No Mow May: A way of doing more for pollinators by doing less this spring
In May, many bees are coming out of hibernation and need flowers to feed themselves and their babies. The main purpose of No Mow May is to encourage people to let spring flowers in their lawns bloom before mowing.
ST. PAUL -- On a chilly morning in late April, Amanda Lynch planted a city-issued sign in her family’s front yard.
“No Mow May,” it proclaimed.
It was her dad’s idea to take part in this environmental initiative in West St. Paul, but the city and her father have her full support.
“I like it because I don’t have to mow the yard,” said Lynch, 20, with a laugh. “It’s a good idea, though — to give the lawn the opportunity to start growing and get everything started.”
No Mow May’s purpose is actually for pollinators, and it’s a blossoming trend across the U.S. — and around Minnesota. Rochester was one of the first communities to go the No Mow May route, and the city of Mankato recently adopted the movement.
What’s the purpose of doing less — to let the grass grow shaggy; to let the dandelions grow; to hold off on that spring cleanup of leaves?
“No Mow May is a campaign to raise awareness of the importance of spring flowers for bees,” said Elaine Evans, extension educator at the University of Minnesota. “In May, many bees are coming out of hibernation and need flowers to feed themselves and their babies. The main purpose of No Mow May is to encourage people to let spring flowers in their lawns bloom before mowing.”
The bees needing an assist include the endangered rusty patched bumblebee, which became Minnesota’s state bee in 2019.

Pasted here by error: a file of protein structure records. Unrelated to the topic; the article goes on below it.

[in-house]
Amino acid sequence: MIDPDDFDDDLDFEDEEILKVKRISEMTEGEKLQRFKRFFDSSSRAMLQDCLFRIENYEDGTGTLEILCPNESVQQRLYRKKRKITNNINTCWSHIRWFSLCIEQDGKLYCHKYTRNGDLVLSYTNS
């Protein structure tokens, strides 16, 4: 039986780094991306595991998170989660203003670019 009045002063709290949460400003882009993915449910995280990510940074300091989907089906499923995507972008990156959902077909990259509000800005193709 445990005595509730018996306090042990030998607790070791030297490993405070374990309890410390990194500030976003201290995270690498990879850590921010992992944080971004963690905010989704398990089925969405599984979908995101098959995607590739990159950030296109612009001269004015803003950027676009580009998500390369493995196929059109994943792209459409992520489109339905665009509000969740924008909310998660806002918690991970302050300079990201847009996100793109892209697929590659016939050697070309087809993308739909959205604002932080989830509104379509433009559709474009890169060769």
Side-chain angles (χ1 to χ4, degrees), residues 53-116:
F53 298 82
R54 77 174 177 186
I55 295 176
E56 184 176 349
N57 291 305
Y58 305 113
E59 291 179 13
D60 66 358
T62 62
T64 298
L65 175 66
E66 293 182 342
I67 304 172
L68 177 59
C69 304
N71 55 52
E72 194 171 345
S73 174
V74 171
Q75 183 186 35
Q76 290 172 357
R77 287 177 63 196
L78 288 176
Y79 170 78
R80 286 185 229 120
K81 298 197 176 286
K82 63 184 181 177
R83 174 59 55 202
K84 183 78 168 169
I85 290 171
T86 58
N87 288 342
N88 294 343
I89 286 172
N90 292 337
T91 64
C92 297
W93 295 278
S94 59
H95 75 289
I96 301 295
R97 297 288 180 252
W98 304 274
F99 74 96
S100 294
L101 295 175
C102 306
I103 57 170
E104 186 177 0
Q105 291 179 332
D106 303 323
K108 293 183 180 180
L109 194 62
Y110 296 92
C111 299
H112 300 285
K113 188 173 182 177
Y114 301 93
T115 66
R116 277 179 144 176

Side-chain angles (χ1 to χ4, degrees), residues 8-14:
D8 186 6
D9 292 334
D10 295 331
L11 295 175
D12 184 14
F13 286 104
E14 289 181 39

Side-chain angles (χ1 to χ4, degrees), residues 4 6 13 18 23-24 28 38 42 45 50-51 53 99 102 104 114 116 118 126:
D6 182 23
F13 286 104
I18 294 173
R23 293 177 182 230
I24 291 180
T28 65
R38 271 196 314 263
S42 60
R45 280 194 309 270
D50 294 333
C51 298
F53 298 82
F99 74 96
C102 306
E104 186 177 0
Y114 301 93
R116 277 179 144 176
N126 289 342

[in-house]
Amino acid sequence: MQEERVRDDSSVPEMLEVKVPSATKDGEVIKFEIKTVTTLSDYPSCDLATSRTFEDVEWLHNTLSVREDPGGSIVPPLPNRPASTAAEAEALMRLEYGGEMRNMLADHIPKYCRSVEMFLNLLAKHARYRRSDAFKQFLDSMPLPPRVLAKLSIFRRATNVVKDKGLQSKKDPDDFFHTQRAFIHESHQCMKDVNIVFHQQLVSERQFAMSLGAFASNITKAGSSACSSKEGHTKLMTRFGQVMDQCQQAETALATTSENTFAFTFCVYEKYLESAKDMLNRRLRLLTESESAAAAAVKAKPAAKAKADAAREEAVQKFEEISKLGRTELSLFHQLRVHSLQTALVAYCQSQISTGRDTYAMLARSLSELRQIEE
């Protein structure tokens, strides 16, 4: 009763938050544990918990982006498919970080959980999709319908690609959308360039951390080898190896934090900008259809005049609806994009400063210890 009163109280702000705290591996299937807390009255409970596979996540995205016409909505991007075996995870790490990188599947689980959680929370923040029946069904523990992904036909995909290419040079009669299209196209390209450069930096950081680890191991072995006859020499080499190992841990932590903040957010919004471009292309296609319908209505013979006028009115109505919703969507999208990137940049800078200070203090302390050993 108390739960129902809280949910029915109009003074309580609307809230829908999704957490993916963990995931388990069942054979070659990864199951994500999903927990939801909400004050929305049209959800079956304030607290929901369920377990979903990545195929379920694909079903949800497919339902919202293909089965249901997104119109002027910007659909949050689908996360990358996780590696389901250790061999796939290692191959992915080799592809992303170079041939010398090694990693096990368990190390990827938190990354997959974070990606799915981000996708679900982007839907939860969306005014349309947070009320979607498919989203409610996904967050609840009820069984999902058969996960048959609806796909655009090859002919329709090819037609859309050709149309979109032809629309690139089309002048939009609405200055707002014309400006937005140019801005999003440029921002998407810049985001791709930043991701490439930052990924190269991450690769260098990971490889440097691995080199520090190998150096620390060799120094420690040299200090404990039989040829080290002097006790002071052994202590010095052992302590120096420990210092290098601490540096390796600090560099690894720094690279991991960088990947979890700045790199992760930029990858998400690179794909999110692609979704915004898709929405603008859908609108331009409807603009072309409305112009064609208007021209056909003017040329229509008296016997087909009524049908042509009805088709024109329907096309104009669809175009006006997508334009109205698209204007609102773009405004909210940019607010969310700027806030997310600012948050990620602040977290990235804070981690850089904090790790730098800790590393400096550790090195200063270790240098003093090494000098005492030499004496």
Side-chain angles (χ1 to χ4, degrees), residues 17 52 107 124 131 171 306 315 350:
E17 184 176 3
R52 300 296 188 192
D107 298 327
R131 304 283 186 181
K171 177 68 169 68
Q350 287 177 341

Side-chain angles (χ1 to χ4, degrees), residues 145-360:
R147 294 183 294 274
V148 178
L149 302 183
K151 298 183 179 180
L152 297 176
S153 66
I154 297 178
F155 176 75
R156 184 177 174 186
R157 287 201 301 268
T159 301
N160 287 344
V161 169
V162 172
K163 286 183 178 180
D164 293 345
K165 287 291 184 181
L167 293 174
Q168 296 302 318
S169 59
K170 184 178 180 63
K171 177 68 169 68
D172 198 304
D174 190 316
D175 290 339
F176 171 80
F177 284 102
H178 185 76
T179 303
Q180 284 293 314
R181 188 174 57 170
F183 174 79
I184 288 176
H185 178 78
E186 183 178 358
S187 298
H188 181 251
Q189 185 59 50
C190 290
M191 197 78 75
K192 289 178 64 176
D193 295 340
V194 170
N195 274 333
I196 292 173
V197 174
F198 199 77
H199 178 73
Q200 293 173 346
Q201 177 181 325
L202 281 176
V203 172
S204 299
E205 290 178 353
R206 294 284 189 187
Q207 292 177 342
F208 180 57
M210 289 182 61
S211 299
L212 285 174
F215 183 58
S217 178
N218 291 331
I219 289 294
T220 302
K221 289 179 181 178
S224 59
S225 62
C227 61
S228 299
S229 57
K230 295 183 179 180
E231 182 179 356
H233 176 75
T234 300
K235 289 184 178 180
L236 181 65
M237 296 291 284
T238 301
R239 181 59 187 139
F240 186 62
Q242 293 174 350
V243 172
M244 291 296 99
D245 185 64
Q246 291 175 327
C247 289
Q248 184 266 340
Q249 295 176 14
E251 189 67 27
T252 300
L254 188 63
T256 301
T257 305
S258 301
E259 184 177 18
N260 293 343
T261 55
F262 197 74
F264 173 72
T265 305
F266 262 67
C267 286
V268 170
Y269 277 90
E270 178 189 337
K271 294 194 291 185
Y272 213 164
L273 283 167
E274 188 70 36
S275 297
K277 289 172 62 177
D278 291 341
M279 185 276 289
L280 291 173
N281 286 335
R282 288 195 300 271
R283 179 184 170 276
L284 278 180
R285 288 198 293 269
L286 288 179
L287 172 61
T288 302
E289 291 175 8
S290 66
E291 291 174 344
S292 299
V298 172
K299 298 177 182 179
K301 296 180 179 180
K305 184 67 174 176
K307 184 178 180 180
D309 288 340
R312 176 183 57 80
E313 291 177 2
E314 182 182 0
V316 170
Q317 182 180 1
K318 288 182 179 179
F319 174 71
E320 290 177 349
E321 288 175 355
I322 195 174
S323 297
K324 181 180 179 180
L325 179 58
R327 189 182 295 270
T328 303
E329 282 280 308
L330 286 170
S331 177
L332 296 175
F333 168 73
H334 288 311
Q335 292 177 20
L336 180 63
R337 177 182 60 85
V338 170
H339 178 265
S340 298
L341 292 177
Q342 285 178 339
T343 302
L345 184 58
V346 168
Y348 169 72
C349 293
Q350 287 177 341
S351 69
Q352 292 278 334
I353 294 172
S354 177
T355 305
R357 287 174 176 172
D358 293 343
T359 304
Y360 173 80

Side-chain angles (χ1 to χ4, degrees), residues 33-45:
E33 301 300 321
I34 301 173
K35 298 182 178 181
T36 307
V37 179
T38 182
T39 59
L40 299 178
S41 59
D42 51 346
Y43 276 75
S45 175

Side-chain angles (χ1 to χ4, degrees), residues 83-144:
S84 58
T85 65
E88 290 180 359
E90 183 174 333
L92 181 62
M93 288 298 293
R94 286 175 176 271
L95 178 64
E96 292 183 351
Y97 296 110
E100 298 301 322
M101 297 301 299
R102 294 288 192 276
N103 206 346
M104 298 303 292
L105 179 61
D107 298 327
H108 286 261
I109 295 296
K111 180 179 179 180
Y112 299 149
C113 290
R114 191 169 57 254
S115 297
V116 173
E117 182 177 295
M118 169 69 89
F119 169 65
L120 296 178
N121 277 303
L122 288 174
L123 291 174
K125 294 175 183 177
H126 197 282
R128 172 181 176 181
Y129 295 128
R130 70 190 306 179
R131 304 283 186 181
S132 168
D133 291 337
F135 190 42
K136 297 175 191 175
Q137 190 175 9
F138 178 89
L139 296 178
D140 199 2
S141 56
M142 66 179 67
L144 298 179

“The rusty patched bumblebee used to be common in Minnesota but is now very rare,” Evans says. “It is threatened with extinction, but still can be found in many parts of Minnesota, with many recent sightings in the Twin Cities. By creating a pollinator haven in your yard, you can help the rusty patched bumble bee recover.”
Planting pollinator-friendly flowers is an idea people are familiar with, but it’s probably going to take a lot of signs to spread the message to Americans that they should consider letting their yards grow more wild — to let the creeping Charlie creep, to let the clover flourish.
“It’s all about education,” says Gretchen Cudak, a member of the St Paul Garden Club. “We all need to refocus and regroup about what we think is normal and good — because what we think is normal and good is not normal and good for pollinators. The bees are really suffering.”
A British import
The idea for No Mow May took root across the pond: The annual campaign by Plantlife, a conservation group in England, inspired the city of Appleton, Wis., to pass a resolution to do the same, as well as Lawrence University of Appleton. Both the city and the university are affiliates of the Xerces Society, an Oregon-based environmental organization (named after an extinct butterfly) that organizes programs called Bee City USA and Bee Campus USA.
No Mow May has slowly been spreading, like honey on toast.
“It just went viral this year,” says Laura Rost, coordinator for Bee City USA and Bee Campus USA.
It’s not just about lawns and it’s not just about May, though.
“We think of No Mow May as one thing you can do; a starting point to helping bees,” Rost says. “The month of May might not be the best month for all areas of the country. But studies show it’s a very important part of the year for many bees. If you mow less or not at all when they are emerging, you tend to see a higher number of species of bees and a higher abundance of bees overall, if there are flowers are in the grass.”
Flowers … in the grass?
Here in Minnesota, that could mean what we often think of as “weeds.”
“Clover, dandelion, purple nettle or violets do provide spring nectar and resources,” Rost says. “Planting native plants and reducing pesticide usage — that’s what bees really need.”
No Mow May began on Sunday — May Day, a day known for flowers. It’s been such a cold spring, though, that mowing and flowers and bees haven’t been on people’s minds. After all, we were still shoveling snow in April. In Edina, though, the efforts for the city’s first No Mow May were ramping up even as the snow was still falling.
‘It’s such a critical time of the season,” says Grace Hancock, Edina, Minnesota’s sustainability manager.